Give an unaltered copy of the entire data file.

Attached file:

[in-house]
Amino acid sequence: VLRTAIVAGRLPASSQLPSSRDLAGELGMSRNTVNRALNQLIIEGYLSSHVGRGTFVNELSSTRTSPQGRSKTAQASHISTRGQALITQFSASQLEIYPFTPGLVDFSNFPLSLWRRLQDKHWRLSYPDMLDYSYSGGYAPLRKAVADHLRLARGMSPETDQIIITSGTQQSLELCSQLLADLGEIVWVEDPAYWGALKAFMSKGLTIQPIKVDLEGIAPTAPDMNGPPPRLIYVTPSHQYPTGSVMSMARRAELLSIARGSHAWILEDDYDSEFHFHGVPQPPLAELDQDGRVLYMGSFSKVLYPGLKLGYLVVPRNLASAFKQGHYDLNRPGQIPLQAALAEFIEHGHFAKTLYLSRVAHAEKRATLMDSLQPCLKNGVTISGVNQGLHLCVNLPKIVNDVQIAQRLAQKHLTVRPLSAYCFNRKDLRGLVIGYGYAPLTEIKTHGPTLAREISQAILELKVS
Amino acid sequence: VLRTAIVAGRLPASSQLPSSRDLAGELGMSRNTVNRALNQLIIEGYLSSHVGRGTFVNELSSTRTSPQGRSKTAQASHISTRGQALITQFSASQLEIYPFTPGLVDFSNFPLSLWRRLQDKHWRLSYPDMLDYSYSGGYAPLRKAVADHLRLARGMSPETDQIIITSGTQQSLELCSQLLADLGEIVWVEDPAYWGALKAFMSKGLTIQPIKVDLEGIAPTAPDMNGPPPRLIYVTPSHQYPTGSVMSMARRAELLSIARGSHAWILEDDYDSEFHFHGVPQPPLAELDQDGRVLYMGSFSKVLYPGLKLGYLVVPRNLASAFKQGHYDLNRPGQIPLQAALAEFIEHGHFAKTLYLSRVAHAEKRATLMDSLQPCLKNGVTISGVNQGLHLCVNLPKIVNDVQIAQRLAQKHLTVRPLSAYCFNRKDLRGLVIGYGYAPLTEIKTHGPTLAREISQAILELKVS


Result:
[in-house]
Amino acid sequence: VLRTAIVAGRLPASSQLPSSRDLAGELGMSRNTVNRALNQLIIEGYLSSHVGRGTFVNELSSTRTSPQGRSKTAQASHISTRGQALITQFSASQLEIYPFTPGLVDFSNFPLSLWRRLQDKHWRLSYPDMLDYSYSGGYAPLRKAVADHLRLARGMSPETDQIIITSGTQQSLELCSQLLADLGEIVWVEDPAYWGALKAFMSKGLTIQPIKVDLEGIAPTAPDMNGPPPRLIYVTPSHQYPTGSVMSMARRAELLSIARGSHAWILEDDYDSEFHFHGVPQPPLAELDQDGRVLYMGSFSKVLYPGLKLGYLVVPRNLASAFKQGHYDLNRPGQIPLQAALAEFIEHGHFAKTLYLSRVAHAEKRATLMDSLQPCLKNGVTISGVNQGLHLCVNLPKIVNDVQIAQRLAQKHLTVRPLSAYCFNRKDLRGLVIGYGYAPLTEIKTHGPTLAREISQAILELKVS
Amino acid sequence: VLRTAIVAGRLPASSQLPSSRDLAGELGMSRNTVNRALNQLIIEGYLSSHVGRGTFVNELSSTRTSPQGRSKTAQASHISTRGQALITQFSASQLEIYPFTPGLVDFSNFPLSLWRRLQDKHWRLSYPDMLDYSYSGGYAPLRKAVADHLRLARGMSPETDQIIITSGTQQSLELCSQLLADLGEIVWVEDPAYWGALKAFMSKGLTIQPIKVDLEGIAPTAPDMNGPPPRLIYVTPSHQYPTGSVMSMARRAELLSIARGSHAWILEDDYDSEFHFHGVPQPPLAELDQDGRVLYMGSFSKVLYPGLKLGYLVVPRNLASAFKQGHYDLNRPGQIPLQAALAEFIEHGHFAKTLYLSRVAHAEKRATLMDSLQPCLKNGVTISGVNQGLHLCVNLPKIVNDVQIAQRLAQKHLTVRPLSAYCFNRKDLRGLVIGYGYAPLTEIKTHGPTLAREISQAILELKVS